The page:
Jerry Sandusky Trial: Most jurors selected have strong ties to Penn State

Former Penn State University assistant football coach Jerry Sandusky arrives for the first day of jury selection as his trial on 52 counts of child sexual abuse involving 10 boys over a period of 15 years gets underway at the Centre County Courthouse in Bellefonte, Pa., June 5, 2012.
AP Photo/Gene J. Puskar
Jerry Sandusky arrives in court Tuesday, June 5, 2012
AP Photo/Gene J. Puskar

(CBS/AP) BELLEFONTE, Pa. - Most of the jurors chosen to hear the sex abuse case against Jerry Sandusky have heavy ties to Penn State, and legal experts are debating whether they can remain impartial.

Pictures: Child-sex scandal rocks Penn State

Twelve jurors and four alternates were selected to hear the case of  former assistant coach Sandusky, 68, who is charged with 52 criminal counts involving 10 alleged victims over a 15-year span. He has denied the allegations.

One female juror is a professor at the university, while another works as an administrative assistant there. Other jurors include a woman has held season tickets to Penn State football since the 1970s, a student who will be a senior this fall, and a man whose father who worked at the university's Office of Physical Plant for three decades.

Legal experts said jurors with university connections may be inclined to come down hard on Sandusky, blaming him for the firing of Hall of Fame football coach Joe Paterno as well as damaging the school's reputation.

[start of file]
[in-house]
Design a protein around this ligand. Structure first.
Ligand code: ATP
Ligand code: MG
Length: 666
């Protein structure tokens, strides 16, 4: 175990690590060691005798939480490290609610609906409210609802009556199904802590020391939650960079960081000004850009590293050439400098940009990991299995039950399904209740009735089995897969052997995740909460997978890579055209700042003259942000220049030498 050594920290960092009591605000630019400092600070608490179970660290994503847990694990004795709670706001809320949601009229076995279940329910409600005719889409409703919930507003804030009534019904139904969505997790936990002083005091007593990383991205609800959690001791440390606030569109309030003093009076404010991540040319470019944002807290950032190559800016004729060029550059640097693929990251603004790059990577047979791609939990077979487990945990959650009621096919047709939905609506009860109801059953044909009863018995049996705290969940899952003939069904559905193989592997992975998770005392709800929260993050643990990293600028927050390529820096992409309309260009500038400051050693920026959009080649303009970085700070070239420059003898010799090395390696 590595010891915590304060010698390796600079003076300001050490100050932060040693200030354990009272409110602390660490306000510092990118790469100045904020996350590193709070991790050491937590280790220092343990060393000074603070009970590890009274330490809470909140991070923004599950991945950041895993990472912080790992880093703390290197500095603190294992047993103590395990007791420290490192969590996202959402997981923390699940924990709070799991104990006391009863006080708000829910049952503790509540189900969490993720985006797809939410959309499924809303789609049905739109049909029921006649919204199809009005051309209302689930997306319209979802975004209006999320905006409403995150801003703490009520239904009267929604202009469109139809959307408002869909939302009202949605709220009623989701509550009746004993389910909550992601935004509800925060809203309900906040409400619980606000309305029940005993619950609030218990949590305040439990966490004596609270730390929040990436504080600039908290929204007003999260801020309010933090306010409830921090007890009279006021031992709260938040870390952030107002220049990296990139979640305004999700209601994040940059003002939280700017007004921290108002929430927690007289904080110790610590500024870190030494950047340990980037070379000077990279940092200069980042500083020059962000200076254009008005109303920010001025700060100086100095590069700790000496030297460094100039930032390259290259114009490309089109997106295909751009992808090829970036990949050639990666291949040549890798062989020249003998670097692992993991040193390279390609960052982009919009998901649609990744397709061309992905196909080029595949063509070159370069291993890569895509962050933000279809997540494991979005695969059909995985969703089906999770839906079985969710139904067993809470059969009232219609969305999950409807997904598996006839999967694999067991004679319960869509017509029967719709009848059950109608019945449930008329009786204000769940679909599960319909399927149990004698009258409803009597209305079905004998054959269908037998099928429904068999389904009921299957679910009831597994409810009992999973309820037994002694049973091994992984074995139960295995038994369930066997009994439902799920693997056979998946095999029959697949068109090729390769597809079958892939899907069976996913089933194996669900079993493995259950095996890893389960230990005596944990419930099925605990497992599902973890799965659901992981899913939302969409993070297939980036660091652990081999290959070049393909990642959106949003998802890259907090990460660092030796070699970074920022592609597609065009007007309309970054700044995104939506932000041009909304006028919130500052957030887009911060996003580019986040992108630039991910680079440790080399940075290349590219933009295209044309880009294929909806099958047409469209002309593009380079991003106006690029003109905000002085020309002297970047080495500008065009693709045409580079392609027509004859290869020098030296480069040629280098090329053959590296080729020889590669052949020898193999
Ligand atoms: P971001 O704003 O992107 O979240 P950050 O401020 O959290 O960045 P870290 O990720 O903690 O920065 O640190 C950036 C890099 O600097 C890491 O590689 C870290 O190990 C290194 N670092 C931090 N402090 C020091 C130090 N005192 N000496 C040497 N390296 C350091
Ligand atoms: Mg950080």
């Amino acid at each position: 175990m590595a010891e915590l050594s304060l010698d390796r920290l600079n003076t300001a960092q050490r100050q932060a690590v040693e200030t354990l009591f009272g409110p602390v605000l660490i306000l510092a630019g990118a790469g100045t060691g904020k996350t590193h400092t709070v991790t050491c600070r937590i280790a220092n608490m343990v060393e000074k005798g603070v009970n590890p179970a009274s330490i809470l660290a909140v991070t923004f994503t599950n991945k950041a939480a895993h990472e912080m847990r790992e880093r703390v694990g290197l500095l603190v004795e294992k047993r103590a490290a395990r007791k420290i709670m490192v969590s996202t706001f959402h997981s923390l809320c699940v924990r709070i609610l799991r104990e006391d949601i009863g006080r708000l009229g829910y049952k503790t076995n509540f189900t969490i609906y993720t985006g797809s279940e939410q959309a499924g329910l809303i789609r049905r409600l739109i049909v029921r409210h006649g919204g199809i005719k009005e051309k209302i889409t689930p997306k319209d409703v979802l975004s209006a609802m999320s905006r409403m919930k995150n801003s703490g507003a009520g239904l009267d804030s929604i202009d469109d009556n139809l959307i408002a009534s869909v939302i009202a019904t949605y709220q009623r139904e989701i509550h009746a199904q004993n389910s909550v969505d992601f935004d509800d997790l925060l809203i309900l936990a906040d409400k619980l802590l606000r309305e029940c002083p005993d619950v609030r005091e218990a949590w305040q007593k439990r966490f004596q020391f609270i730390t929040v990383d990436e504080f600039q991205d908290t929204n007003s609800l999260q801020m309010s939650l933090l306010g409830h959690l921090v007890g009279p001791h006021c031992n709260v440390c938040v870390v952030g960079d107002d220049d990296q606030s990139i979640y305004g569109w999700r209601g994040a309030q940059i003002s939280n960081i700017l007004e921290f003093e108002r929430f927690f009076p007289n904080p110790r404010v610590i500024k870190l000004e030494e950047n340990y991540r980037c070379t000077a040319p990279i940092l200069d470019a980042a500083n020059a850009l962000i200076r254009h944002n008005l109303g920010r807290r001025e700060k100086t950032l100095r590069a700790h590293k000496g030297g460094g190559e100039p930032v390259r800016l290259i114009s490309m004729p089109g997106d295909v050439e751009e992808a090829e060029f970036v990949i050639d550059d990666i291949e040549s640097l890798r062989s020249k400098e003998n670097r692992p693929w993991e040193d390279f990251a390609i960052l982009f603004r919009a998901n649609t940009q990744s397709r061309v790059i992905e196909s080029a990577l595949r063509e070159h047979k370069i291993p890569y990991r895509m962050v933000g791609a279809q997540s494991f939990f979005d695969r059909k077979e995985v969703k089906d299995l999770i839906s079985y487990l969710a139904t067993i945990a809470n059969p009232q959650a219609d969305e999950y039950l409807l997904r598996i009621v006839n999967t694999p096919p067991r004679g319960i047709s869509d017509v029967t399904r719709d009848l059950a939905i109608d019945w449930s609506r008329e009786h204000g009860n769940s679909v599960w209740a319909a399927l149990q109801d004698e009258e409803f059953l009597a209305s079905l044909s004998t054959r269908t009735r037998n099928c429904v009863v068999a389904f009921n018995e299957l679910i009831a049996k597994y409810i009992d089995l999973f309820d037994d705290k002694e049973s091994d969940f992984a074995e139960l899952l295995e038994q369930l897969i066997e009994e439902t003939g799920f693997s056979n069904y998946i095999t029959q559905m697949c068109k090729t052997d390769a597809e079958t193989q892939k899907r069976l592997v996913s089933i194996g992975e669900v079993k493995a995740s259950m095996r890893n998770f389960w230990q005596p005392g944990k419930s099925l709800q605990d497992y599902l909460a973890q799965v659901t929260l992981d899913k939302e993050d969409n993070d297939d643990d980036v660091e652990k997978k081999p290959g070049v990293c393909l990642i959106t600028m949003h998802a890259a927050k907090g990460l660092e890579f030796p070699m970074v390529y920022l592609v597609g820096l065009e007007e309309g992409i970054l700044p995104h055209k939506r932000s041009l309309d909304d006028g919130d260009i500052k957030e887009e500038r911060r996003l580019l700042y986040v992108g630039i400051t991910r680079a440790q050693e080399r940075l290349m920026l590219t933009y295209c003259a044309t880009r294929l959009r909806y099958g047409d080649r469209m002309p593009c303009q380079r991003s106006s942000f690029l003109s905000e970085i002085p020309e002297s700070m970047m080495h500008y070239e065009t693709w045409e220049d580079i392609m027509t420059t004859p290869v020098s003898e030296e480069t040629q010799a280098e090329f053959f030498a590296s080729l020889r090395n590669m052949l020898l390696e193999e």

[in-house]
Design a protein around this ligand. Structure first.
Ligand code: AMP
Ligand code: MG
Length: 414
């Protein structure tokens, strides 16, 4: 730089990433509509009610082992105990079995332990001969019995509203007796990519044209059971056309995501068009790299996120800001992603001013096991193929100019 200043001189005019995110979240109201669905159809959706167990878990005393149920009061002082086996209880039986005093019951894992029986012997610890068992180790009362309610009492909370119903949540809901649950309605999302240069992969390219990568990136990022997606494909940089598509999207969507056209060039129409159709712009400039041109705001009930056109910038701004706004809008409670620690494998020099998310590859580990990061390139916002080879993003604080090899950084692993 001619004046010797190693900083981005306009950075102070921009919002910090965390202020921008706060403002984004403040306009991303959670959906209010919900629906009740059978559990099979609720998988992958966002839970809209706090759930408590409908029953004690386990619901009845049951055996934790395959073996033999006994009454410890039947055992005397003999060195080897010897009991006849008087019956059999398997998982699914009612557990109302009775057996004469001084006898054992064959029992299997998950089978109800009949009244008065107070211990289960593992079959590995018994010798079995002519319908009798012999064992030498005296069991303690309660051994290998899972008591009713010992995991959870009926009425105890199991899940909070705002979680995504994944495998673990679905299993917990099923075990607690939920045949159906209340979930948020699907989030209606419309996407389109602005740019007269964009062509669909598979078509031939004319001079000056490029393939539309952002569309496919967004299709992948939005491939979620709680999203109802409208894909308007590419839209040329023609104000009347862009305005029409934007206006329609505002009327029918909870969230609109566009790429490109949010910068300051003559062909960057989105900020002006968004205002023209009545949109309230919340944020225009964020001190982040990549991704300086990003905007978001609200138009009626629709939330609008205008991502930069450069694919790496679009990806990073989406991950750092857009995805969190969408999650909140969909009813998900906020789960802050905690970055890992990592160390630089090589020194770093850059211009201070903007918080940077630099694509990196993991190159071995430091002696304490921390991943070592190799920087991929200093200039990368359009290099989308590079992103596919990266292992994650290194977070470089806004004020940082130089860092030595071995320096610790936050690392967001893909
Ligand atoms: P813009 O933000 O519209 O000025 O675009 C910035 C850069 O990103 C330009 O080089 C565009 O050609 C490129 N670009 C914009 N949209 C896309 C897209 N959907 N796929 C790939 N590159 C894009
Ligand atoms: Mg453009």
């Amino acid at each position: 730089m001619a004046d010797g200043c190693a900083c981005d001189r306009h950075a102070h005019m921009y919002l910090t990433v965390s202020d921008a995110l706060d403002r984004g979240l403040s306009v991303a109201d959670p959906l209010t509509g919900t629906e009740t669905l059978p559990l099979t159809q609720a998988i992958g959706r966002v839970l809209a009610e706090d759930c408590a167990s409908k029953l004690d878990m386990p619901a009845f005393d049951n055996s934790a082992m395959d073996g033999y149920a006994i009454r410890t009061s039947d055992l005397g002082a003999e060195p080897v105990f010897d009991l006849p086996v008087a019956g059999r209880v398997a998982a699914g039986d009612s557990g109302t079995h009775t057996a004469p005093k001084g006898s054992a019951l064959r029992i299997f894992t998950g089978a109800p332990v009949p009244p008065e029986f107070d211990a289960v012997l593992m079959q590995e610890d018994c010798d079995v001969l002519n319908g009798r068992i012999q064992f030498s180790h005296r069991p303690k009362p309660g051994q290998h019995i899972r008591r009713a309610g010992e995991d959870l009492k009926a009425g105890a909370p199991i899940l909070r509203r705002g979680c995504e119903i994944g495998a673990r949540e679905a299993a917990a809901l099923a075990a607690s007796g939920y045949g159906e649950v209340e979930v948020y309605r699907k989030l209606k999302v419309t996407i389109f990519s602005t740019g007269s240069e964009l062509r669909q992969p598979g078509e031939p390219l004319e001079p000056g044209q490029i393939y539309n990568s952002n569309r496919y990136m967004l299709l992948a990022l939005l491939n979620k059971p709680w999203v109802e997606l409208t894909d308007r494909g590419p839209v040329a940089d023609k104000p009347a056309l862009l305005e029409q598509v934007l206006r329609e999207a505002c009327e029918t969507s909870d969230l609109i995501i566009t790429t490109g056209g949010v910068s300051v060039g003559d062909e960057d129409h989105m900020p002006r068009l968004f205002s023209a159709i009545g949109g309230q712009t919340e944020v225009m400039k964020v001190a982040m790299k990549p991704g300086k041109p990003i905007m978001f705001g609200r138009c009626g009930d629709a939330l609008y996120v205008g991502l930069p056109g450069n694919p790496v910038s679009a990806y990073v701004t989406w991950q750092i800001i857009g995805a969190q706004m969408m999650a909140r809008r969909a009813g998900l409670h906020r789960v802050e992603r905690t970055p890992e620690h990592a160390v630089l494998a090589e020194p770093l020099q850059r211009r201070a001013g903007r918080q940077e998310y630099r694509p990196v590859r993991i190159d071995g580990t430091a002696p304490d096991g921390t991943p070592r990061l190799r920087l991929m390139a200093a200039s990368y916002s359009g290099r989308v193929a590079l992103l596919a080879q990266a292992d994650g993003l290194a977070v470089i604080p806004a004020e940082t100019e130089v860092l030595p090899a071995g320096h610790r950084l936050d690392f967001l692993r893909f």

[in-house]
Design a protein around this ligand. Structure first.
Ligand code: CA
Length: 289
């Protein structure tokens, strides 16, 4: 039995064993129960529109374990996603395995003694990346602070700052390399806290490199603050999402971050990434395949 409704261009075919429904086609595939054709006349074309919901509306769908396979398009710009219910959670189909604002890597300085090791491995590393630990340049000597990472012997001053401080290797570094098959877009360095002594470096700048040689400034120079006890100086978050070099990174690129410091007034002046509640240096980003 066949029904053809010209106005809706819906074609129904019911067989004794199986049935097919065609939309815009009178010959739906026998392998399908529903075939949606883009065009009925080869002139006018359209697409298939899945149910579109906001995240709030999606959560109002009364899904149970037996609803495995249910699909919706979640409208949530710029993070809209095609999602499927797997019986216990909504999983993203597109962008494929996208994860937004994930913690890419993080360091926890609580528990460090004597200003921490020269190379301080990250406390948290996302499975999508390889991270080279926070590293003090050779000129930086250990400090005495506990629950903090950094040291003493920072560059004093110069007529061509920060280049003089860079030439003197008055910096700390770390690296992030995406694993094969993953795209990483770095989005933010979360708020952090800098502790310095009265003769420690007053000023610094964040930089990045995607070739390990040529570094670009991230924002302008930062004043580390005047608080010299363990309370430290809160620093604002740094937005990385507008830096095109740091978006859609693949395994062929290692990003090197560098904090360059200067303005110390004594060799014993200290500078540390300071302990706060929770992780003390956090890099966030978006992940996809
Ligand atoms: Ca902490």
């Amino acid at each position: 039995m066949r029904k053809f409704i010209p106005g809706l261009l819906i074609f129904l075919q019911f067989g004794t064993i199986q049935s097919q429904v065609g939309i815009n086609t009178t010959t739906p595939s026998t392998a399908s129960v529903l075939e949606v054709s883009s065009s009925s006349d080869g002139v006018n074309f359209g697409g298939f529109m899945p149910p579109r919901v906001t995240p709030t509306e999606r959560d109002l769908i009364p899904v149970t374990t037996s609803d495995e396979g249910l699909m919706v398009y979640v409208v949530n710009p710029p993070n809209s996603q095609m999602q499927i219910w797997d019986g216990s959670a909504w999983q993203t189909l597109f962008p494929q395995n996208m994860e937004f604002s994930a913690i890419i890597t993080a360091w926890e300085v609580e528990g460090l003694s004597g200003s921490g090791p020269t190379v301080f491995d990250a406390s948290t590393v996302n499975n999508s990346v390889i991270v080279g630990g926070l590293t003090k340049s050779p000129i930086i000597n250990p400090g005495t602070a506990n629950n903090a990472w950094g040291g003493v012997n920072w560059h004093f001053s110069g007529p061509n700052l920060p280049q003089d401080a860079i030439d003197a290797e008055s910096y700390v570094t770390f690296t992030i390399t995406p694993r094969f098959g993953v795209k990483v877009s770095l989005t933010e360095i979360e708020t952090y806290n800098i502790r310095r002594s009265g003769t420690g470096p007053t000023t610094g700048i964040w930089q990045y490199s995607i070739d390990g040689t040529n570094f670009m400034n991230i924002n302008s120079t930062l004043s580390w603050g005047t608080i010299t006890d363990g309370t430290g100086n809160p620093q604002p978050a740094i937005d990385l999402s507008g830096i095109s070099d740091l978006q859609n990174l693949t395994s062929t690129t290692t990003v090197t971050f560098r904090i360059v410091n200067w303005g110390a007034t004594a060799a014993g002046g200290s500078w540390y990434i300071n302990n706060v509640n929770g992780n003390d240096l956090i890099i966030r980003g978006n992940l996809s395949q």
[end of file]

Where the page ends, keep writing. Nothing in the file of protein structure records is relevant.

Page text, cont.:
But Judge John Cleland insisted from the beginning that such connections wouldn't immediately rule out potential jurors so long as they could pledge to be impartial. Among the 16 jurors total selected, 10 had some tie - either directly or indirectly - to Penn State, The Associated Press reports.

"From the prosecution's perspective, putting people on the jury with Penn State ties, their assessment might be these people might tend to disfavor Jerry Sandusky and the defense because he's responsible for dragging Penn State's name through the mud," said Chris Capozzi, a defense attorney in Pittsburgh and a former senior deputy attorney general under now-Gov. Tom Corbett.

Capozzi, a Penn State graduate, left the attorney general's office in 2010. The state grand jury investigation of Sandusky began while Corbett was attorney general.

According to Capozzi, Sandusky's defense lawyers appear satisfied those jurors can be fair and impartial, or that "people are going to be upset with the Office of the Attorney General and the way (the case) was handled ... and it's really the AG that's responsible for putting Penn State's name through the mud."

Sandusky's attorney again asked for a delay in the proceedings on Wednesday, a request that was denied by Cleland. Opening statements will begin Monday for a trial that is expected to last about three weeks.

"This jury has been seated with breakneck speed. I'm impressed and surprised with the expeditious manner with which it occurred. I think it speaks (favorably) of Cleland and the lawyers involved," said Robert Del Greco, a criminal defense attorney in Pittsburgh, and member of the Criminal Litigation Section council of the Allegheny County Bar Association.

"If that is a harbinger of things to come ... we'll have a verdict within weeks (rather) than months."

Complete coverage of the Penn State sex abuse scandal on Crimesider